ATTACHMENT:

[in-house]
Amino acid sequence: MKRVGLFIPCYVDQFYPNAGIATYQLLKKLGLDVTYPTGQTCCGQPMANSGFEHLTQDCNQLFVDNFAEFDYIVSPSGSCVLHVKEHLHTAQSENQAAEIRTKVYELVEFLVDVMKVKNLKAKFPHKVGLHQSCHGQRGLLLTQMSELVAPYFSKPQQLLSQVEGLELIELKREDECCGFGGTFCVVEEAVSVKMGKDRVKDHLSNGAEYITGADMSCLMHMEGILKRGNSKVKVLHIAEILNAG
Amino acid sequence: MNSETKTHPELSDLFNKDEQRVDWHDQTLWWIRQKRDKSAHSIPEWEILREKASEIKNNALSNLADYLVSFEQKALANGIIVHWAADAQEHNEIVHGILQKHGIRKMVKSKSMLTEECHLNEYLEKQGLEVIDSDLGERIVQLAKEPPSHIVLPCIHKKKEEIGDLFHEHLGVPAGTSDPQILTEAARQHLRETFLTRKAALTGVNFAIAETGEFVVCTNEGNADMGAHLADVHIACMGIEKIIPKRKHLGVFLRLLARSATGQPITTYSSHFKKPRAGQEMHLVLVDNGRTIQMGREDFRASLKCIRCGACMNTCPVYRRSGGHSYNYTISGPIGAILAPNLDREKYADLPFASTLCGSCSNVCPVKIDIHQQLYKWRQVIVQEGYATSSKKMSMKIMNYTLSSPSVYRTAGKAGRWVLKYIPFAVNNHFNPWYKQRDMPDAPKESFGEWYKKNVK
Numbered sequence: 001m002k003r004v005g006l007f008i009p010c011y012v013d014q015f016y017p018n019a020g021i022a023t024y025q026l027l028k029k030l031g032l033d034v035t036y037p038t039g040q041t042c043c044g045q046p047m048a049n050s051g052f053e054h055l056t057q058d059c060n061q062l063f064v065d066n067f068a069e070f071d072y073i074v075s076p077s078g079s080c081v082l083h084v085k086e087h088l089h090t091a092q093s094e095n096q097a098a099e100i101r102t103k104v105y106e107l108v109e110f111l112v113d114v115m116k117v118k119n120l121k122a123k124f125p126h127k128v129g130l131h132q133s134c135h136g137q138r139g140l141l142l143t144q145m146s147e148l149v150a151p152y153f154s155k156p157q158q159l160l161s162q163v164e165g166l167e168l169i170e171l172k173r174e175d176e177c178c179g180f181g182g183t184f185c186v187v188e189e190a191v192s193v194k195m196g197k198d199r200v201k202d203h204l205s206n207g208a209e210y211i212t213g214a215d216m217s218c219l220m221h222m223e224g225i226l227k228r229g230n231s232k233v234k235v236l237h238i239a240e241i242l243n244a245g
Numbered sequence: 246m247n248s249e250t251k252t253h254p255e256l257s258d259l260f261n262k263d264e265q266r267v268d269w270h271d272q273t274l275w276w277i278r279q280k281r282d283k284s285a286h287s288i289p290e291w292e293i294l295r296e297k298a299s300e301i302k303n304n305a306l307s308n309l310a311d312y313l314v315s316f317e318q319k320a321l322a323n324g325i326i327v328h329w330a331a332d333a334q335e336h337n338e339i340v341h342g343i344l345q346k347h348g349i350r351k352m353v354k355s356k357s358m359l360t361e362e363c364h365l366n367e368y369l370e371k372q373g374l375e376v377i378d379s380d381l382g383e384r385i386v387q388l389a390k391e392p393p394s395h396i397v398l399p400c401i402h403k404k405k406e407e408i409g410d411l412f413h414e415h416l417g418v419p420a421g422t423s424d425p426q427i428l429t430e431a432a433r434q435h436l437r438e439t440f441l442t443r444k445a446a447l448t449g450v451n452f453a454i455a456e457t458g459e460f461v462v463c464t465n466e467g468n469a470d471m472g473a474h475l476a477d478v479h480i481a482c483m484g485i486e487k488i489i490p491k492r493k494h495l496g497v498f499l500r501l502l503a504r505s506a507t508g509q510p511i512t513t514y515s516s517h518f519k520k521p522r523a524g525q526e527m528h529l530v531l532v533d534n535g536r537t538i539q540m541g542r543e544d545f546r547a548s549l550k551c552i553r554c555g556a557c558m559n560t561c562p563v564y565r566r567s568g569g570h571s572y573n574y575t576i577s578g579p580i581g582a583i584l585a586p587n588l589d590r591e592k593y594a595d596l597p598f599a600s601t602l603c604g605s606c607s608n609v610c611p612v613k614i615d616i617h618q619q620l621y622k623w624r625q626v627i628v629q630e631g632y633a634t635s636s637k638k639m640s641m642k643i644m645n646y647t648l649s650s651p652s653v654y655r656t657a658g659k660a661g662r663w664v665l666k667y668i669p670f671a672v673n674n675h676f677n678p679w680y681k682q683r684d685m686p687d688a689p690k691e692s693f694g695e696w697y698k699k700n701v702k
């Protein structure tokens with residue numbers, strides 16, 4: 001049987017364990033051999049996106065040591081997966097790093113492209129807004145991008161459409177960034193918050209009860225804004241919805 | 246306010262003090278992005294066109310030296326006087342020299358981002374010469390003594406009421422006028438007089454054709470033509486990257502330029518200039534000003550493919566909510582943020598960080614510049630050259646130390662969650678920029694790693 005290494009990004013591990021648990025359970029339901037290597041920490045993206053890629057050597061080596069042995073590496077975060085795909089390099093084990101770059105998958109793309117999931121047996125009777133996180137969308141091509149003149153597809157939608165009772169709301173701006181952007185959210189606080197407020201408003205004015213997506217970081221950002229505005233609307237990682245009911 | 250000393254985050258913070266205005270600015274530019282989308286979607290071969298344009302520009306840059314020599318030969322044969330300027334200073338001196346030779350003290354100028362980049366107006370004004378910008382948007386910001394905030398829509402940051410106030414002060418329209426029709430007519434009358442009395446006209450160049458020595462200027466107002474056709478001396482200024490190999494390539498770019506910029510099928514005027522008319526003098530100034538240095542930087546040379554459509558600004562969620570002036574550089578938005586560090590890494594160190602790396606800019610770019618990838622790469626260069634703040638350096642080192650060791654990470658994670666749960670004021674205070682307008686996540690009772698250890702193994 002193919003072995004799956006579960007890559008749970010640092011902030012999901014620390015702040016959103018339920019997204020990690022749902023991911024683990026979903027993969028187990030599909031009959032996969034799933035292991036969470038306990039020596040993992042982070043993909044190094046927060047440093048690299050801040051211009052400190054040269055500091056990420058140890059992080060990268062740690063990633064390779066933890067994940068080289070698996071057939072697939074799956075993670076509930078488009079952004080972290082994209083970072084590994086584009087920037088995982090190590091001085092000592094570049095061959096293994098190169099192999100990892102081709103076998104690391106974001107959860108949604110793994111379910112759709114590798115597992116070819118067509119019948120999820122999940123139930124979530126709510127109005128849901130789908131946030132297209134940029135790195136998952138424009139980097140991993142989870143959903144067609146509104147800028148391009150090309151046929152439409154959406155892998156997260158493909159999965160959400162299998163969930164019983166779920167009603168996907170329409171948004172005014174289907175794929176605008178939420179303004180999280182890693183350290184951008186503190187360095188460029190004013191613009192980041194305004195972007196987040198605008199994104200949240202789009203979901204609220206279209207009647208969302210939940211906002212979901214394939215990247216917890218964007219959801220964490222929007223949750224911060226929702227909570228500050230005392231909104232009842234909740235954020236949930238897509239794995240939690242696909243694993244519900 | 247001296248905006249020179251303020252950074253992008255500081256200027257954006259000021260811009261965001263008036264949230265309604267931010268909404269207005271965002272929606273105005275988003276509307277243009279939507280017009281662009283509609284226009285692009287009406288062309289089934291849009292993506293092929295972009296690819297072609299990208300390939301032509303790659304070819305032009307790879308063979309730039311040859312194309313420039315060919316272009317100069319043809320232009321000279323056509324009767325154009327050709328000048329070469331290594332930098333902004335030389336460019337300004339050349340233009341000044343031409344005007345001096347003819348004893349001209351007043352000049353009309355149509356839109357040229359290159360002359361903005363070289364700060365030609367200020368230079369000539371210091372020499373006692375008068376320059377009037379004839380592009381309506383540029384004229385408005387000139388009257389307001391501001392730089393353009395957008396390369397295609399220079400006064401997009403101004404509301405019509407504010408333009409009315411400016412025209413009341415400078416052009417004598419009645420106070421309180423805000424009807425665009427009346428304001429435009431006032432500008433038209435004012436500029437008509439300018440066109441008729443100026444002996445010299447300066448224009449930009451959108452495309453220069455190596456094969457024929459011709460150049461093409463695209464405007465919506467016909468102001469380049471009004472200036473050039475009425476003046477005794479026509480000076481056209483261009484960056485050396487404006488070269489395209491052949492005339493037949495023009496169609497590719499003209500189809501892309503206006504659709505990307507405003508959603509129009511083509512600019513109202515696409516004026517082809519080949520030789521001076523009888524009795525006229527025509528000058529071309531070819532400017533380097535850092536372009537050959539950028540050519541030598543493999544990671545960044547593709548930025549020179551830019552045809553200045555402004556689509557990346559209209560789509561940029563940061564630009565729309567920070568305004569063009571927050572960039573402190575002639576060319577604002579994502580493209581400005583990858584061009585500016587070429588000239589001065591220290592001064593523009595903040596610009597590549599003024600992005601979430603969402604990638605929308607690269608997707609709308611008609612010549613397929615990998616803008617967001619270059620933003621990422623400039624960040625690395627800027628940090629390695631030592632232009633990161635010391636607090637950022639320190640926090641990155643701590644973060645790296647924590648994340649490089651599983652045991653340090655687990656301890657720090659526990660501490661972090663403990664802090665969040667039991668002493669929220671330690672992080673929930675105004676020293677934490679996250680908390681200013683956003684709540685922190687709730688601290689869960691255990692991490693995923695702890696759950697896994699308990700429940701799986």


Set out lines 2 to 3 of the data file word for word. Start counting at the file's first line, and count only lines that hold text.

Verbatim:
Amino acid sequence: MKRVGLFIPCYVDQFYPNAGIATYQLLKKLGLDVTYPTGQTCCGQPMANSGFEHLTQDCNQLFVDNFAEFDYIVSPSGSCVLHVKEHLHTAQSENQAAEIRTKVYELVEFLVDVMKVKNLKAKFPHKVGLHQSCHGQRGLLLTQMSELVAPYFSKPQQLLSQVEGLELIELKREDECCGFGGTFCVVEEAVSVKMGKDRVKDHLSNGAEYITGADMSCLMHMEGILKRGNSKVKVLHIAEILNAG
Amino acid sequence: MNSETKTHPELSDLFNKDEQRVDWHDQTLWWIRQKRDKSAHSIPEWEILREKASEIKNNALSNLADYLVSFEQKALANGIIVHWAADAQEHNEIVHGILQKHGIRKMVKSKSMLTEECHLNEYLEKQGLEVIDSDLGERIVQLAKEPPSHIVLPCIHKKKEEIGDLFHEHLGVPAGTSDPQILTEAARQHLRETFLTRKAALTGVNFAIAETGEFVVCTNEGNADMGAHLADVHIACMGIEKIIPKRKHLGVFLRLLARSATGQPITTYSSHFKKPRAGQEMHLVLVDNGRTIQMGREDFRASLKCIRCGACMNTCPVYRRSGGHSYNYTISGPIGAILAPNLDREKYADLPFASTLCGSCSNVCPVKIDIHQQLYKWRQVIVQEGYATSSKKMSMKIMNYTLSSPSVYRTAGKAGRWVLKYIPFAVNNHFNPWYKQRDMPDAPKESFGEWYKKNVK